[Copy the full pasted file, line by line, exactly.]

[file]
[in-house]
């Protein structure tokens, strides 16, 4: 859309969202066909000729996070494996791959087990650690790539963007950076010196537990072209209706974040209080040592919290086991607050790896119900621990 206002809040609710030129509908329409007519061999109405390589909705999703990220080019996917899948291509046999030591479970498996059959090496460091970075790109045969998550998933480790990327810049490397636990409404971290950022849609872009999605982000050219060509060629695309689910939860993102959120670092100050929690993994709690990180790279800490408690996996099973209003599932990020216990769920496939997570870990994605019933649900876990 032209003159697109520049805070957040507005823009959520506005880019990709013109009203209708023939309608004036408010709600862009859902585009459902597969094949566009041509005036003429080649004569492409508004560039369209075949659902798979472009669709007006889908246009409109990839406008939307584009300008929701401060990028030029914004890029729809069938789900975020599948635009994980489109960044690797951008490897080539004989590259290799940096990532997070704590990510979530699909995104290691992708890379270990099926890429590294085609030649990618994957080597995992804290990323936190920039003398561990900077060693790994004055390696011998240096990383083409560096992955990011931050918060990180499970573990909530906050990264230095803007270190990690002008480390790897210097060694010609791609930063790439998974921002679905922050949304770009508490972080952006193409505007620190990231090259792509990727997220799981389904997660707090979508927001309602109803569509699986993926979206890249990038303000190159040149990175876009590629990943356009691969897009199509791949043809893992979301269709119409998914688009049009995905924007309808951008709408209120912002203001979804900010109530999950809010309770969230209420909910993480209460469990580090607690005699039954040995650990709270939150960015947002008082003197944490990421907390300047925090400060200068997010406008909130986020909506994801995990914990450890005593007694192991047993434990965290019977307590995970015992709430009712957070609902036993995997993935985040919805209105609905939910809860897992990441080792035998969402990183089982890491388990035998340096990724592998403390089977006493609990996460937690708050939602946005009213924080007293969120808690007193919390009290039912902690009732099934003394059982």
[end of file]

[in-house]
């Protein structure tokens, strides 16, 4: 859309969202066909000729996070494996791959087990650690790539963007950076010196537990072209209706974040209080040592919290086991607050790896119900621990 206002809040609710030129509908329409007519061999109405390589909705999703990220080019996917899948291509046999030591479970498996059959090496460091970075790109045969998550998933480790990327810049490397636990409404971290950022849609872009999605982000050219060509060629695309689910939860993102959120670092100050929690993994709690990180790279800490408690996996099973209003599932990020216990769920496939997570870990994605019933649900876990 032209003159697109520049805070957040507005823009959520506005880019990709013109009203209708023939309608004036408010709600862009859902585009459902597969094949566009041509005036003429080649004569492409508004560039369209075949659902798979472009669709007006889908246009409109990839406008939307584009300008929701401060990028030029914004890029729809069938789900975020599948635009994980489109960044690797951008490897080539004989590259290799940096990532997070704590990510979530699909995104290691992708890379270990099926890429590294085609030649990618994957080597995992804290990323936190920039003398561990900077060693790994004055390696011998240096990383083409560096992955990011931050918060990180499970573990909530906050990264230095803007270190990690002008480390790897210097060694010609791609930063790439998974921002679905922050949304770009508490972080952006193409505007620190990231090259792509990727997220799981389904997660707090979508927001309602109803569509699986993926979206890249990038303000190159040149990175876009590629990943356009691969897009199509791949043809893992979301269709119409998914688009049009995905924007309808951008709408209120912002203001979804900010109530999950809010309770969230209420909910993480209460469990580090607690005699039954040995650990709270939150960015947002008082003197944490990421907390300047925090400060200068997010406008909130986020909506994801995990914990450890005593007694192991047993434990965290019977307590995970015992709430009712957070609902036993995997993935985040919805209105609905939910809860897992990441080792035998969402990183089982890491388990035998340096990724592998403390089977006493609990996460937690708050939602946005009213924080007293969120808690007193919390009290039912902690009732099934003394059982």